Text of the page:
Meet my mentor Maangchi

18 01 2009

How’s that for alliteration?! (Whattup Brooklyn Technical High School English!  I learned a fancy word!)

Having lived in Seoul, Korea for three years, I lovez me some Korean food. In fact, I think it’s very much an up and coming cuisine here in American and certainly in New York City. In the East Village where I live there are around 5 or 6 decent Korean restaurants in the 10-block radius around my house. Thing is, in addition to being on the pricey side, I still struggle to find really authentic stuff. I find that K-food in the city is generally a little sweeter and not quite as spicy as it should be. It’s hard for me to drop $15 on bibimbap when it goes for around $5 in Seoul and is essentially rice and vegetables. However, when I tried to create Korean food at home, even in Seoul where all of the ingredients were readily available, I just couldn’t get it right. Also, there are really no great cookbooks in English out there that I was able to find on Korea food.

I came across Maangchi by accident when searching da innanet for a recipe for “dwenjang jjigae” (or doenjang jjigae): soy bean paste stew. With over 40 videos she covers a wide range of the staples of K-cuisine. I have surprised myself and astounded Korean friends with coming damn close to the real thing. I got a lot of incredulous looks from my Korean friends when I told them I made two kinds of kimchi from scratch (which I still pat myself on the back for).  Although the cabbage kimchi was just a’ight, the radish kimchi tasted like the real deal! I’ve made over 10 of her recipes and there have been no duds yet. She even has a recipe for black bean noodles (Korean drama fans will recognize this dish) which many Ks know as take-out food only and not as something that can be made at home. Tonight I’m going back to basics with the first recipe I made (and have made many times). Like most good cooks Maangchi espouses improvisation so I’ll be using beef instead of shrimp.

People who cook will notice that the stew is built totally differently from Western-style cooking which is why watching a video really helped me. I was taught to saute vegetables in oil first and letting them release their juices to create the base for a broth but since Koreans add their soup base, in this case in the form of soybean paste, all vegetables should be brought to a boil without any prior cooking. This is one of the main reasons that my K-cooking was falling flat.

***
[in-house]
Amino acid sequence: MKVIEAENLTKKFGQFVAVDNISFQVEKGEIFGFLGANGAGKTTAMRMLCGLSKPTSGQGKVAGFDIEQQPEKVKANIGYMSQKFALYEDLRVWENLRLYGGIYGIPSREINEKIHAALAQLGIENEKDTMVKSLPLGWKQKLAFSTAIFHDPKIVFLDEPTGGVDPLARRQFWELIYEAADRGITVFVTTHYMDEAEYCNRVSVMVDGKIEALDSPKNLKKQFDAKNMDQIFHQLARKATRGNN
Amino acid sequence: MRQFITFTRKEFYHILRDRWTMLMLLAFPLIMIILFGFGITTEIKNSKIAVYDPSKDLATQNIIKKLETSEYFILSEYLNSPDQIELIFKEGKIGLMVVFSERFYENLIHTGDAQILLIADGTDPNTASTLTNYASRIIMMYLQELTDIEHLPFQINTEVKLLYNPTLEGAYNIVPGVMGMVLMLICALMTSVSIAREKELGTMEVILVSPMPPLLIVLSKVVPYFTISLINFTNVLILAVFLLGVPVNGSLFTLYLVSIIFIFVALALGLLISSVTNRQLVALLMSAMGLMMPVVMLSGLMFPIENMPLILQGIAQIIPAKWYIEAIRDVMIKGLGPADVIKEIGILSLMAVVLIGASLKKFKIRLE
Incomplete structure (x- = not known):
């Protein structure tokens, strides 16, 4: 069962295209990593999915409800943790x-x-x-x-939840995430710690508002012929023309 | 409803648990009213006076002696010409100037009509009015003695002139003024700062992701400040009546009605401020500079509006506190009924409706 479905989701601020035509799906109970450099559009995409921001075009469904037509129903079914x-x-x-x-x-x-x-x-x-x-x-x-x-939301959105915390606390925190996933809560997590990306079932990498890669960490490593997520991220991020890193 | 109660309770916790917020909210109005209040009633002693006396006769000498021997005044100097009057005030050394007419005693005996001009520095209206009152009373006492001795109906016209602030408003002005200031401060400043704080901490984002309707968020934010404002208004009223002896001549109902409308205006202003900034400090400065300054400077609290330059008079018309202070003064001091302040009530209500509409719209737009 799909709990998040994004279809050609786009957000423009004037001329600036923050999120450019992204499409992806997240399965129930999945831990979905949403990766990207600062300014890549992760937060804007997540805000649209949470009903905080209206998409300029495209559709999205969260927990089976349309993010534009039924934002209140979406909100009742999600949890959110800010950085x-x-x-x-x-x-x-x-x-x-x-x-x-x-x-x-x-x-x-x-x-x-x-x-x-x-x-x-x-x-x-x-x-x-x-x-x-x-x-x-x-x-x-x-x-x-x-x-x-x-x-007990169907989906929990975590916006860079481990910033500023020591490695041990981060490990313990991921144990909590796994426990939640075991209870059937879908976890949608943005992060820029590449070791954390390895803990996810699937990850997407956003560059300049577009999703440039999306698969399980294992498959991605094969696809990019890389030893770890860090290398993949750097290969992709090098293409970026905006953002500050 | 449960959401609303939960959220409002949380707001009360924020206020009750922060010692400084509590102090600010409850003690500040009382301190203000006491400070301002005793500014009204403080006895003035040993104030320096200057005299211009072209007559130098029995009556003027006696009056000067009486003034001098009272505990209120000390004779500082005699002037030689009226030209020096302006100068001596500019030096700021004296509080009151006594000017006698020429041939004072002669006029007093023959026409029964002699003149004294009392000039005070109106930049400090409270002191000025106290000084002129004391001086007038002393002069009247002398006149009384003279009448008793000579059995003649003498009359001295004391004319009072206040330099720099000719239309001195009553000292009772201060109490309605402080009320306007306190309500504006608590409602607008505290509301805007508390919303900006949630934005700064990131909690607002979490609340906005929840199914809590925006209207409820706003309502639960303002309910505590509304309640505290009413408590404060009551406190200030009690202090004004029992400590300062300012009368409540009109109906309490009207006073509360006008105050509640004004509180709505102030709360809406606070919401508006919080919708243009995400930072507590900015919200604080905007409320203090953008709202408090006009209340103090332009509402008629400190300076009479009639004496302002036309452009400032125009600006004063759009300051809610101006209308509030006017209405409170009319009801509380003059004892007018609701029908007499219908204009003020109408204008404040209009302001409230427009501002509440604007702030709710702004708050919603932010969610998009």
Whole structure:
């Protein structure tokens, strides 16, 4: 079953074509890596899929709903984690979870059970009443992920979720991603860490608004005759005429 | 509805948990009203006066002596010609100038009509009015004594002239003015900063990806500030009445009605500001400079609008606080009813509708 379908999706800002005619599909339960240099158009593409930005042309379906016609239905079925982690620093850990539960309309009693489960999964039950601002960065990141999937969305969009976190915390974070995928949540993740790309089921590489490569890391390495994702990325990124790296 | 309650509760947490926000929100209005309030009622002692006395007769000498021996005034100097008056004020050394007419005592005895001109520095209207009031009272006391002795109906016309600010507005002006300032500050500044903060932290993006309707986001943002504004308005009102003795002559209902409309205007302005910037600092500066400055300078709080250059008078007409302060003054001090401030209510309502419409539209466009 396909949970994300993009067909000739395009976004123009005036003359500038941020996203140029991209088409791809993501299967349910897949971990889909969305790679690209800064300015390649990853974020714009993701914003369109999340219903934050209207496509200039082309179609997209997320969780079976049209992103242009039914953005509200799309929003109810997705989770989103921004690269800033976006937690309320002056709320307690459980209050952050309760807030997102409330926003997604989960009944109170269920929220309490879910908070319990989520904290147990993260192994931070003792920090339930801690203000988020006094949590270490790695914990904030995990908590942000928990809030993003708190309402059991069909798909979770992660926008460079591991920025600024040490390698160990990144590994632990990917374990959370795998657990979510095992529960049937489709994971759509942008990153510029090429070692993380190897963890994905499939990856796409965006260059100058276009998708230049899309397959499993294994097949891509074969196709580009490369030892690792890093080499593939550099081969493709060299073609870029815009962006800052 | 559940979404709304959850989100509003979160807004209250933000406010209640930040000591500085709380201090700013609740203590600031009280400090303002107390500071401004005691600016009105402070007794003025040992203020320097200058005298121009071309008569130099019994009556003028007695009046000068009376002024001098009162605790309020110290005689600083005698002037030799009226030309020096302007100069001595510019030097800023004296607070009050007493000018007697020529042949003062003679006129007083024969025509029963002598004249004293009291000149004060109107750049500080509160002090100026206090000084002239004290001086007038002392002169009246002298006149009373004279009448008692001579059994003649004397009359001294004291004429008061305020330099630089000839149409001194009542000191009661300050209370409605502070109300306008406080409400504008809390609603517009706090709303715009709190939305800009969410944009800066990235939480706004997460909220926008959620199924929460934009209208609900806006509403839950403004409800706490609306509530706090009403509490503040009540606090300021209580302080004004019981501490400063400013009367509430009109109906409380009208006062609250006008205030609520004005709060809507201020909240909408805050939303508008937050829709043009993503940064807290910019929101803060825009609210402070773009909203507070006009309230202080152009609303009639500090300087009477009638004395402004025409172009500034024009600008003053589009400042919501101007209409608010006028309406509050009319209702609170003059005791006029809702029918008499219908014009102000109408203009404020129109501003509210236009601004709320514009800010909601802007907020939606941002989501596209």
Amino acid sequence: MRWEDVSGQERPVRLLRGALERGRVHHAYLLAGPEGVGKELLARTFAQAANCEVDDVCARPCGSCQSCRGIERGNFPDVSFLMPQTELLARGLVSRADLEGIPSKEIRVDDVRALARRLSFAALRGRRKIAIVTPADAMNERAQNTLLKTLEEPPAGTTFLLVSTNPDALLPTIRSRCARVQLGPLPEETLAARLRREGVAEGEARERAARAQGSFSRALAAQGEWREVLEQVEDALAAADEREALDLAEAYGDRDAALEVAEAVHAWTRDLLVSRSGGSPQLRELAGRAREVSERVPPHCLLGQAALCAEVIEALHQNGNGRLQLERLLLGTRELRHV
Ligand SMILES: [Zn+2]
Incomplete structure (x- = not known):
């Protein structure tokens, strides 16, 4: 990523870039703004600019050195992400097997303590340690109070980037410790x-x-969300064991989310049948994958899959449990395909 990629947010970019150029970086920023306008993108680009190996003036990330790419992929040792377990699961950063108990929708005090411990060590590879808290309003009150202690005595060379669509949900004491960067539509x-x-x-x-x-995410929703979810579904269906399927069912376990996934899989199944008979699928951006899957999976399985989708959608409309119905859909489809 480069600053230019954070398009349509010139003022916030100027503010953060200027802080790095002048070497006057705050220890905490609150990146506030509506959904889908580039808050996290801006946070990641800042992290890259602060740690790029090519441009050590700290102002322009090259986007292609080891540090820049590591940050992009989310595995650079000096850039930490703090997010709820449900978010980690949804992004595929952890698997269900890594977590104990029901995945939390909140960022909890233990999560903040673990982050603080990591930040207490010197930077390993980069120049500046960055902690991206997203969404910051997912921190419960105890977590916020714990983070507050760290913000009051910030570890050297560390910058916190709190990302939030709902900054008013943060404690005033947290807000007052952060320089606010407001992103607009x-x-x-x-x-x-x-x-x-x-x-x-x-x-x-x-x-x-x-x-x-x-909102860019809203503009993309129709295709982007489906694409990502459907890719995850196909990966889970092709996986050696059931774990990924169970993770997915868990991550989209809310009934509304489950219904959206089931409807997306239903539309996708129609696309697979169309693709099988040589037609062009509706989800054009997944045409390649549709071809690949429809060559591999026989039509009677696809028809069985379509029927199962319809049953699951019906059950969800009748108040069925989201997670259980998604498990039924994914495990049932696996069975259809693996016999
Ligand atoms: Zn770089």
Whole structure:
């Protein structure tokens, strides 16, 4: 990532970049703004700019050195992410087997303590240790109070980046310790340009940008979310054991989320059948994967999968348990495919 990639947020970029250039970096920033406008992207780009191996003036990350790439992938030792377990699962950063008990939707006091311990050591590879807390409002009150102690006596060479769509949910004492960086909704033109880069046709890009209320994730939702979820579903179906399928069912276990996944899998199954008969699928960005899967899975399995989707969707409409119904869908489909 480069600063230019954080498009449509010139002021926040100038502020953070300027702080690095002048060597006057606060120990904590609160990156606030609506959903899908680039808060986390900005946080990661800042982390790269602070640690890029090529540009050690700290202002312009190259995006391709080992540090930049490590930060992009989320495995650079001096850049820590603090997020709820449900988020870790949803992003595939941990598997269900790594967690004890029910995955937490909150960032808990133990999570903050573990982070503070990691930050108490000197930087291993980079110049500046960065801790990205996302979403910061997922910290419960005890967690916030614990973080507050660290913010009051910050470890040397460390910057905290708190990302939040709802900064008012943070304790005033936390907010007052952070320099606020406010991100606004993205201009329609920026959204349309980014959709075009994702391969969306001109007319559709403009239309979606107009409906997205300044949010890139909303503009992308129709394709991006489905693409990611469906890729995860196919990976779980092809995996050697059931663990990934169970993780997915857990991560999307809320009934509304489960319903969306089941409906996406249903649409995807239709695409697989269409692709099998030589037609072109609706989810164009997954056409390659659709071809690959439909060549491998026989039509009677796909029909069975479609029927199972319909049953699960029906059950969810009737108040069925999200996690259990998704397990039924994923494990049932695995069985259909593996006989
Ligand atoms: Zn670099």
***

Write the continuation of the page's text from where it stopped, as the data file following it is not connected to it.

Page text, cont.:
So if you like K-food or cooking in general, Maangchi is your girl. Plus she’s really great about feedback and every time I’ve commented on her blog or asked a question she’s always gotten back to me. Also, her name means “hammer” which is just plain awesome.

Big up to Korean market M2M AKA the “Asian Convient Store” on 3rd ave. & 11th street for having EVERYTHING a girl needs to get her K-grub on. If you don’t know, now you know.




3 responses

19 01 2009

You are living near me! Oh, is that you that you were going to come for my New York Meet up last time but couldn’t make it? I’m very honored to be mentioned on you blog.
(a little shy) : ) Thank you very much! It sounds like you are a Korean cooking guru!
I hope we can meet up someday soon. I’m planning to have my next New York meetup when it’s getting warmer.

19 01 2009

Totally! I have a couple K-foodies in mind that might like to come to your NYC meet-up. Keep me posted!

26 03 2009
Cooking with Dog « ROM (Restaurant of the Month)

[…] a big fan of youtube for learning how to do stuff. Ever since I discovered Maangchi, which I mentioned in a previous post, I realized that youtube user generated content is a great way to learn things because you can seek […]

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